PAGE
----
Since nearly every publication, website and news channel creates its own “best of” list, it’s not out of the question that some might ignore StarChefs singling out Kentucky and Tennessee for its Rising Star Awards in 2014.
They shouldn’t. It’s easily one of the best-vetted best-of compilations in the U.S., one with an independent mission of finding who’s coming up rather than lauding who’s already arrived.
StarChefs—a magazine for culinary-industry insiders—created the Rising Star Awards in 2002 as an alternative to the widely regarded James Beard Awards, which focuses on well-known chefs, writers, beverage professionals and their longstanding accomplishments.
“We enjoy being part of a chef’s trajectory and supporting them over the length of their career, not just from the time they became famous,” said Caroline Hatchett, features editor at StarChefs.
For years the New York City-based website and magazine publisher has focused on chefs, restaurateurs, beverage pros and food and beverage artisans in major metros. But in recent years it’s expanded its coverage to other cities in search of up-and-coming culinary professionals in several second-tier, emerging markets. This year it took a long look at Kentucky and Tennessee.
“What’s happened is many of these professionals have moved out of larger markets like New York, San Francisco and L.A. to establish themselves in new markets,” Hatchett said. “The most exciting part of my job is to go to these emerging markets and find those chefs and artisans with an amazing amount of talent. It’s really rewarding to shine a light on some who aren’t getting national attention.”
It will celebrate the accomplishments of this year’s 17 nominees when it hosts its annual Rising Star Gala on Tuesday, Feb. 25, from 7:30-9:30 p.m. at the Muhammad Ali Center. The event will give the public a chance to mix and mingle with some of the area’s craftspeople and nosh on excellent food and drink. (Click here to buy tickets.)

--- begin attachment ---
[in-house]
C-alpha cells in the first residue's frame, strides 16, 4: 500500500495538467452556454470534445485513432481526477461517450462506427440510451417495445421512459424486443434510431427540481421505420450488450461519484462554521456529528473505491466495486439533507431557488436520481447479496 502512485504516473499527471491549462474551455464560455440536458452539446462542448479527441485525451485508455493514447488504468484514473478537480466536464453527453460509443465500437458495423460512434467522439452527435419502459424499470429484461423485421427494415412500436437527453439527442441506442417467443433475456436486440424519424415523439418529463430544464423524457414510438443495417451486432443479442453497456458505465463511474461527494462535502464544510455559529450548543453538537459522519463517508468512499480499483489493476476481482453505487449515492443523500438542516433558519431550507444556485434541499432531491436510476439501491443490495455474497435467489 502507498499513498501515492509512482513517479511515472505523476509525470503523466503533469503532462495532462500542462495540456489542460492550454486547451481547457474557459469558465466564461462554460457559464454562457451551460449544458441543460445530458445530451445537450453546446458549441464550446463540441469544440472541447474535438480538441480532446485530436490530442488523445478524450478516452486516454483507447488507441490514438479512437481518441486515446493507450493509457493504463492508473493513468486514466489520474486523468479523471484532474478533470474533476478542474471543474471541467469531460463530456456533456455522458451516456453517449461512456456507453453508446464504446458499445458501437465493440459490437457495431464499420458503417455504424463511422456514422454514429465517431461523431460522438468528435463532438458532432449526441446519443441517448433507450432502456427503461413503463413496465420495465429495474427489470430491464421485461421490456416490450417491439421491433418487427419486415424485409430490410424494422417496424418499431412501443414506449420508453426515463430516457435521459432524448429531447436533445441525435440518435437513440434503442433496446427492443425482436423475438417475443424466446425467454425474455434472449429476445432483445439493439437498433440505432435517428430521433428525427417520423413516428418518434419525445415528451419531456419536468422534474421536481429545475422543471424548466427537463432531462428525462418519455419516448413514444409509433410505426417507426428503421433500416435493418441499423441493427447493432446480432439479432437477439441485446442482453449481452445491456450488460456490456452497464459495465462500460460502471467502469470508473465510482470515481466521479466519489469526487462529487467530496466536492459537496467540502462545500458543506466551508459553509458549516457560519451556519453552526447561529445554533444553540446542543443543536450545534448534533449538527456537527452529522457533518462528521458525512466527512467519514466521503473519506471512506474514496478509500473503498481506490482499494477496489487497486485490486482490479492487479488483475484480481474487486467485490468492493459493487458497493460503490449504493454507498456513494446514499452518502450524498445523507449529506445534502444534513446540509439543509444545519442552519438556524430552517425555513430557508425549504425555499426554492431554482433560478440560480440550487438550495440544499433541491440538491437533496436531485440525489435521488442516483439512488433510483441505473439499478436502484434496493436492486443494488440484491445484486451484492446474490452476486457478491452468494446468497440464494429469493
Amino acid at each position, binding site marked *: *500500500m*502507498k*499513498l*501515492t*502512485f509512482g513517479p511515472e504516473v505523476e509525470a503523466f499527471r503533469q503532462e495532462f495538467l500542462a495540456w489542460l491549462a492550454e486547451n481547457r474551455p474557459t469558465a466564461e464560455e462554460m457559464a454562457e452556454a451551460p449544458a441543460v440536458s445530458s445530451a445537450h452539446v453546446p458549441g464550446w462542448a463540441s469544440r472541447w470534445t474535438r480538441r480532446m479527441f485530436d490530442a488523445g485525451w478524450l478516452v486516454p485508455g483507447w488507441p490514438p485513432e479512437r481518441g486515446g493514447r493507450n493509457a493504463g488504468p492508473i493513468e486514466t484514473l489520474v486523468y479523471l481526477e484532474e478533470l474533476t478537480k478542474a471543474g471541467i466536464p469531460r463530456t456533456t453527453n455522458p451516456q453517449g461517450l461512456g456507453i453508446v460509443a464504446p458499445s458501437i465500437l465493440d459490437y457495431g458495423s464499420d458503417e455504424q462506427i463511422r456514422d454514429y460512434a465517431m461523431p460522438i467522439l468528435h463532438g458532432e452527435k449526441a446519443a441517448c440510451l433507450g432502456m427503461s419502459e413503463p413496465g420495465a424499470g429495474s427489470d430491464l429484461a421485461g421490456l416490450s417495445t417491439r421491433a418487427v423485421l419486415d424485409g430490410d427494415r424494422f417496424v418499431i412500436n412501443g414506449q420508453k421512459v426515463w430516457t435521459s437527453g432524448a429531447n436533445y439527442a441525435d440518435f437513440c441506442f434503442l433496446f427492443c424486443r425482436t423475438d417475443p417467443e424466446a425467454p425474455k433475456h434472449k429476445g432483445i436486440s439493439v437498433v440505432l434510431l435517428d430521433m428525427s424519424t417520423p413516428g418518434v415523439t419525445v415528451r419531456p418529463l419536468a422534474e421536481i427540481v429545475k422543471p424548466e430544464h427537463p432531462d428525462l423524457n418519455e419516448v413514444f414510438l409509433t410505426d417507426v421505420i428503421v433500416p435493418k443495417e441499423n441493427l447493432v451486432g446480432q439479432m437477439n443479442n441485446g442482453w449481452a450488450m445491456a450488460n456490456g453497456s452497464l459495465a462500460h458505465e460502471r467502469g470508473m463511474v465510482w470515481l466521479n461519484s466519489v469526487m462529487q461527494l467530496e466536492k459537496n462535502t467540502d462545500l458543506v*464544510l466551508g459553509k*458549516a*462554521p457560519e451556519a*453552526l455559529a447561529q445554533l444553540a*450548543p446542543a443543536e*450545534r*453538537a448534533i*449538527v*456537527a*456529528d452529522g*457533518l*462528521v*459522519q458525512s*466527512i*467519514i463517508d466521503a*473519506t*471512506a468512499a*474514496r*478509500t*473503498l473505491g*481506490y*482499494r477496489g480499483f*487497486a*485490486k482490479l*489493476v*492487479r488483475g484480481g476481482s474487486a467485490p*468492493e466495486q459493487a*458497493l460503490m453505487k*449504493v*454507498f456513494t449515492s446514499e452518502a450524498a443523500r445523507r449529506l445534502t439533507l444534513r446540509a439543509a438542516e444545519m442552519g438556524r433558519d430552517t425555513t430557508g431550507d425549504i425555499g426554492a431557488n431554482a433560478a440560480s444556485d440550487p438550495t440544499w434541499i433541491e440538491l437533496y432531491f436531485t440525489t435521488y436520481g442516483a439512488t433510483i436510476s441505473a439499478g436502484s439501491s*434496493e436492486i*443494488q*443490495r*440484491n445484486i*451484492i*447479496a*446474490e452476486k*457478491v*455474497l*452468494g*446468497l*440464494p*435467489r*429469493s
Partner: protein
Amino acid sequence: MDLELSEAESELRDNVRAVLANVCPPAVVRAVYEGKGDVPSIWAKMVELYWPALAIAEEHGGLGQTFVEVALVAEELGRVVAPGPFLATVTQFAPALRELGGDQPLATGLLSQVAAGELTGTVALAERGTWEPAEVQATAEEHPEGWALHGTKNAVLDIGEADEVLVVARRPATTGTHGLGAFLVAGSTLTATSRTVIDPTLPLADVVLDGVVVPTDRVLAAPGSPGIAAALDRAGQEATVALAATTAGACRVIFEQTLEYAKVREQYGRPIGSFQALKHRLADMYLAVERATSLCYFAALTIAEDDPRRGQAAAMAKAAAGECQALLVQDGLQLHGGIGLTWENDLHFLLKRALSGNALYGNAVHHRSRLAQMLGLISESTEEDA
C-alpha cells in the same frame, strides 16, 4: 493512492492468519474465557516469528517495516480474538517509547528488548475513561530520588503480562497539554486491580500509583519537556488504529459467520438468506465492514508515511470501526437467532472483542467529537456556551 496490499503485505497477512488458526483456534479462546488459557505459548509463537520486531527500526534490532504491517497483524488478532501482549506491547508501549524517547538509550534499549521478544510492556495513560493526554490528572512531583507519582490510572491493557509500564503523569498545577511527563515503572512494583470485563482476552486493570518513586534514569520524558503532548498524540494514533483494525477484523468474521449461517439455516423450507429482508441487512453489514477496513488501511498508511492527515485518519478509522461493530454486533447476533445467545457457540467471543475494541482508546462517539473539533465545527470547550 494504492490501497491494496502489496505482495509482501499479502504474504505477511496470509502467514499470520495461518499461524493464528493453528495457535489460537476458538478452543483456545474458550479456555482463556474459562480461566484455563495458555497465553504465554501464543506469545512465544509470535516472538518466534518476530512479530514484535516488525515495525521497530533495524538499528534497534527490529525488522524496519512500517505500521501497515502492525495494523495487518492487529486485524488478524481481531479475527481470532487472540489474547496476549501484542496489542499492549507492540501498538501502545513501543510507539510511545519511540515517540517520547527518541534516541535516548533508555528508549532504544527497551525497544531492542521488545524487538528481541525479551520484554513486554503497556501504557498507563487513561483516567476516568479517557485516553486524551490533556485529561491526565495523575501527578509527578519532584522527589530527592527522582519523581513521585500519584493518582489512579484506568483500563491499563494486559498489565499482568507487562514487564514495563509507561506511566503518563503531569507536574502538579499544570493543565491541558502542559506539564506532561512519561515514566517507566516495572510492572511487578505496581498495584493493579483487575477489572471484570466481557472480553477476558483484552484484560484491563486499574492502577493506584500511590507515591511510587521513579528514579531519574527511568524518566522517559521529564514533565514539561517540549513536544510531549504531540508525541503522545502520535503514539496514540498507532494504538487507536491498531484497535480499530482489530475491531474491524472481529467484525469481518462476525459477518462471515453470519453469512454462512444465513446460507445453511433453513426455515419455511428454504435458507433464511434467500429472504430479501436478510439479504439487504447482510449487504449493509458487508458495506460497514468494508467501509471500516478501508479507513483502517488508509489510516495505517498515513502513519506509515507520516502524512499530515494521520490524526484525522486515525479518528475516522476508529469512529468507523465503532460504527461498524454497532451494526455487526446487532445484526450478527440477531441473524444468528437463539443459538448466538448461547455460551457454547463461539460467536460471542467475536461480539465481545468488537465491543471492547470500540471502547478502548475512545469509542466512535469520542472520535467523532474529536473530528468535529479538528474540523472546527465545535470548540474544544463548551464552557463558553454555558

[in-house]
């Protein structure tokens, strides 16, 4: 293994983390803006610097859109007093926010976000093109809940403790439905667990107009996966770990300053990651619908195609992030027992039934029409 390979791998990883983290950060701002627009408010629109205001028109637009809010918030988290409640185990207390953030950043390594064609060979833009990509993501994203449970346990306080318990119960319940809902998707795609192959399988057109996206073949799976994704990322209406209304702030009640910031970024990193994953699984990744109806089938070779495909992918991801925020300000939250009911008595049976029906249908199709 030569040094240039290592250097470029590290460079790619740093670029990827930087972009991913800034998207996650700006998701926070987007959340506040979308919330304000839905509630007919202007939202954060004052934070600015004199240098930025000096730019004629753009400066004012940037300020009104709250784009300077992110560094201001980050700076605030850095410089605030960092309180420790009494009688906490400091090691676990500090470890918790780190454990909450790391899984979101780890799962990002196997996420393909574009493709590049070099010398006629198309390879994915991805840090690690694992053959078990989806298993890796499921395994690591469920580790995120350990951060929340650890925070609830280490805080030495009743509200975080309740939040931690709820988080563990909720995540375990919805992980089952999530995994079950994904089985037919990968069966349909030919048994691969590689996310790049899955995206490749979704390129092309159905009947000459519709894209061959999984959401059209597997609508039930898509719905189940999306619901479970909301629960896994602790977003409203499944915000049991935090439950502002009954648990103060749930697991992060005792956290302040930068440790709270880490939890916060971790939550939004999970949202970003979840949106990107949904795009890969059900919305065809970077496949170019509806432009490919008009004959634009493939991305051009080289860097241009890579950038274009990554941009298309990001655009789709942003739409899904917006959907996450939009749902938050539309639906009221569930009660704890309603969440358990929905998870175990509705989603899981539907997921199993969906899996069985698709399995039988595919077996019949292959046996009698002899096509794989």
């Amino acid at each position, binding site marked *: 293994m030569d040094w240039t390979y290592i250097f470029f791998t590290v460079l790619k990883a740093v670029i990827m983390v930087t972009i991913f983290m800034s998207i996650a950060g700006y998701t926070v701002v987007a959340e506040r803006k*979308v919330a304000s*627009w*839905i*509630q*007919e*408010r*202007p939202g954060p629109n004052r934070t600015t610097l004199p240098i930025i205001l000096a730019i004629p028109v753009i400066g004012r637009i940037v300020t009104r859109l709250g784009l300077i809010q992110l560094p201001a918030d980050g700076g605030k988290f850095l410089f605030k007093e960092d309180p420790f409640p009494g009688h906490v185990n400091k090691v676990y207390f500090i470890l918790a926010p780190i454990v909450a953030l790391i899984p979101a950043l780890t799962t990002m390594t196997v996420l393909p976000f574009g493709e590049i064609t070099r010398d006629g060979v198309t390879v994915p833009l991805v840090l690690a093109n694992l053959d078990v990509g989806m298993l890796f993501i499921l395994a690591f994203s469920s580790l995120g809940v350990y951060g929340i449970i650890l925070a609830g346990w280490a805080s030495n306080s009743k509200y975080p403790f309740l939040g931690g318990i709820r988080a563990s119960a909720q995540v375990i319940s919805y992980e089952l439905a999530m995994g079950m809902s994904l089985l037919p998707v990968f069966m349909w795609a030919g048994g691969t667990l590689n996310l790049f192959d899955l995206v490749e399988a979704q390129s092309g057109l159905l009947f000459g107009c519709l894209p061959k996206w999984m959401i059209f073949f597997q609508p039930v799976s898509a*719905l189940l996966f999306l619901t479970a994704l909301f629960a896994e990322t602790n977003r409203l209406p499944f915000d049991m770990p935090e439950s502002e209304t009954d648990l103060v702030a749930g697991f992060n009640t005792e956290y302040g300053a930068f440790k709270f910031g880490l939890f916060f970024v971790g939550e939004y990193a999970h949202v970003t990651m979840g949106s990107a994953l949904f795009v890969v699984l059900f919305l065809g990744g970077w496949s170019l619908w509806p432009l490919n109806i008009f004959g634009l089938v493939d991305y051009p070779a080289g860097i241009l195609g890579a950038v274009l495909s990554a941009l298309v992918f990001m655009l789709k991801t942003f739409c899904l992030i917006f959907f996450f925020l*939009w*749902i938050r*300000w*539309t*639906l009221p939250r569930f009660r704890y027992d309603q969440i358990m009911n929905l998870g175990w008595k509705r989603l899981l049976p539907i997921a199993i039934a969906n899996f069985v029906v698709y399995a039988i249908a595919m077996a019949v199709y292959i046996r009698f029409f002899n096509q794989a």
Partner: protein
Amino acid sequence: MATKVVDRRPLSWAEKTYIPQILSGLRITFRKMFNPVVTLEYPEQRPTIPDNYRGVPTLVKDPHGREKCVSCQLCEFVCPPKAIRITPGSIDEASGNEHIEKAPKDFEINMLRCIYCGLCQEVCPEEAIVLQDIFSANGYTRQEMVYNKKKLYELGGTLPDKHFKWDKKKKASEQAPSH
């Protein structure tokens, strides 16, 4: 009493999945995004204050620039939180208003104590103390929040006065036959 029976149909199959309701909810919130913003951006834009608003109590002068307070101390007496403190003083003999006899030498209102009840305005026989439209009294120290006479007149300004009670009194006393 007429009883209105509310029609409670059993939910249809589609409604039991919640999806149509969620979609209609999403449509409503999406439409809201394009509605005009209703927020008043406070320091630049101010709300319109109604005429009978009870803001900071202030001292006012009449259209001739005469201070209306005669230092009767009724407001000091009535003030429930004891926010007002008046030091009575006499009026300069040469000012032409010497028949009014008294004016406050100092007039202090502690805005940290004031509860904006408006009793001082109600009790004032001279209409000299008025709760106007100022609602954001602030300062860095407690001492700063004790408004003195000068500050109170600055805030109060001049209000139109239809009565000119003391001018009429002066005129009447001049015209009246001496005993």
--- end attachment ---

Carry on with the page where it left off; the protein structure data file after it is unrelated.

Though the Rising Star vetting process is no mean feat, it’s a tasty travel odyssey for the StarChefs team, which researched the area’s talent for nearly a year.
To arrive at the markets it will focus on, the group combines its own research with recommendations from people in those markets. It then pares the list of possibilities down to about 100 and travels to those areas to investigate further. The list is reduced yet again, and another team of researchers visits those professionals for tastings and photo shoots.
“At that point, we’re doing four to six tastings every day, which is brutal, but it’s the most exciting part of our job,” said Hatchett, adding that StarChefs spent more than three weeks traveling through Tennessee and Kentucky. “We spend about one-and-a-half hours at each stop to do interviews, take photos and eat.”
While Hatchett said the group was impressed with the talent level of the area’s chefs and mixologists, she said they were “incredibly surprised with the artisan community. We met with five different coffee roasters and had some of the best coffee we’ve had in any market in America. Also the brewers at Against the Grain were amazing, as was Jay Denham, who’s producing what may be the best ham in the country.”
Some Louisville-area nominees were pleased with the praise.
“I think it’s a really big deal to be nominated,” said James Tooill, coffee roaster at Argo Sons near Jeffersontown. “We’re such a small company—I’m the only true employee. And since I know they talked to roasters with much larger reputations and more employees than ours, I’m really flattered that they picked us based on taste.”
As a longtime StarChefs reader, Proof on Main executive chef Levon Wallace said he’s used the publication to network with other chefs and land new jobs. He also said its reliance on industry peers for nominations adds credibility to the Rising Star distinction.
“(StarChefs’) whole network is great,” said Wallace. “Its voice is something I’ve respected for a long time, so to be in their court is a huge honor for me.”
Jay Denham, who currently is in New York City after doing a cured meat and pork-centered dinner at Daniel Bolud’s famed DBGB restaurant in Manhattan, said looking at the list of nominees gives him pride to find his name among such a variety of accomplished professionals.
“To see what they do so seriously and passionately—which not everyone does—and be recognized for it is great,” said Denham, ham maker at The Cure House in Okolona. “I’m sure they share a passion for their crafts as I do mine.”